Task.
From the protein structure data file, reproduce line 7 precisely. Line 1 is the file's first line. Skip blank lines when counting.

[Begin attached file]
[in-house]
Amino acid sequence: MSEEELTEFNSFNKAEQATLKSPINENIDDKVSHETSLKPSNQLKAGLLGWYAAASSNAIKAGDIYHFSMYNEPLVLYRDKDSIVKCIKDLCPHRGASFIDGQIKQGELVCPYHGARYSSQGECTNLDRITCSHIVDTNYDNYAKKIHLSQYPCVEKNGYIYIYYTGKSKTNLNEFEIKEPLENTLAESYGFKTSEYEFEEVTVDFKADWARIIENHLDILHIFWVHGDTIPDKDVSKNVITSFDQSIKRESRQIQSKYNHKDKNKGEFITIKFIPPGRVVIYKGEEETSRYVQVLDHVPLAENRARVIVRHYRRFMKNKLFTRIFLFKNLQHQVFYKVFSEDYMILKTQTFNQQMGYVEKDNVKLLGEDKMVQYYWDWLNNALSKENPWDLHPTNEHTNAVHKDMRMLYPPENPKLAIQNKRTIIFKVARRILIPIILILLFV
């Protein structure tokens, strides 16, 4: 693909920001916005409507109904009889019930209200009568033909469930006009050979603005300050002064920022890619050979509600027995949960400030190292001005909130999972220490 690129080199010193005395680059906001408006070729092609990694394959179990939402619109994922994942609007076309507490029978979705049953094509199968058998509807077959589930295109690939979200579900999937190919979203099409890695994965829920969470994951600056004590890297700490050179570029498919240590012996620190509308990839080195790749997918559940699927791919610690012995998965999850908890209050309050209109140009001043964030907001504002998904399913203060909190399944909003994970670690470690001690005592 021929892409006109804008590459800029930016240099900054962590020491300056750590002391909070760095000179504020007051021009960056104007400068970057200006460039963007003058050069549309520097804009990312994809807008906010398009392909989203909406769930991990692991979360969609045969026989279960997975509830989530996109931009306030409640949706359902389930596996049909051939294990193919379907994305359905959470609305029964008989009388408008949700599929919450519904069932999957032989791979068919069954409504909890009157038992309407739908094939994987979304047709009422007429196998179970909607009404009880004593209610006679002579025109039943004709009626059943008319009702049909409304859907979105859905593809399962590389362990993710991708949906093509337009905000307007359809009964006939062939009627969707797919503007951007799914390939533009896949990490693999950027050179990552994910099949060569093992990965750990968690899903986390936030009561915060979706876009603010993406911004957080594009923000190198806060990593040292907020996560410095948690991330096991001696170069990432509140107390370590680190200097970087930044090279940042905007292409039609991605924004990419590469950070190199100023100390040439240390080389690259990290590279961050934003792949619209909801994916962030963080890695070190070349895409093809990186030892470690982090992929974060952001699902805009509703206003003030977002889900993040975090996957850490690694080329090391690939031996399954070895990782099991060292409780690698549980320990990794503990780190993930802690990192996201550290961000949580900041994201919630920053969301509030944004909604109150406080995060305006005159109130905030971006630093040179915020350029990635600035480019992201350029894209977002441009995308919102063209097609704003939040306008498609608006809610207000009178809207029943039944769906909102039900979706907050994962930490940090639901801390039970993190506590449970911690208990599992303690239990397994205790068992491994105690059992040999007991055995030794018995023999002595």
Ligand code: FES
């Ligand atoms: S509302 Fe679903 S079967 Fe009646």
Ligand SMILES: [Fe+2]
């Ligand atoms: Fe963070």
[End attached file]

């Ligand atoms: Fe963070």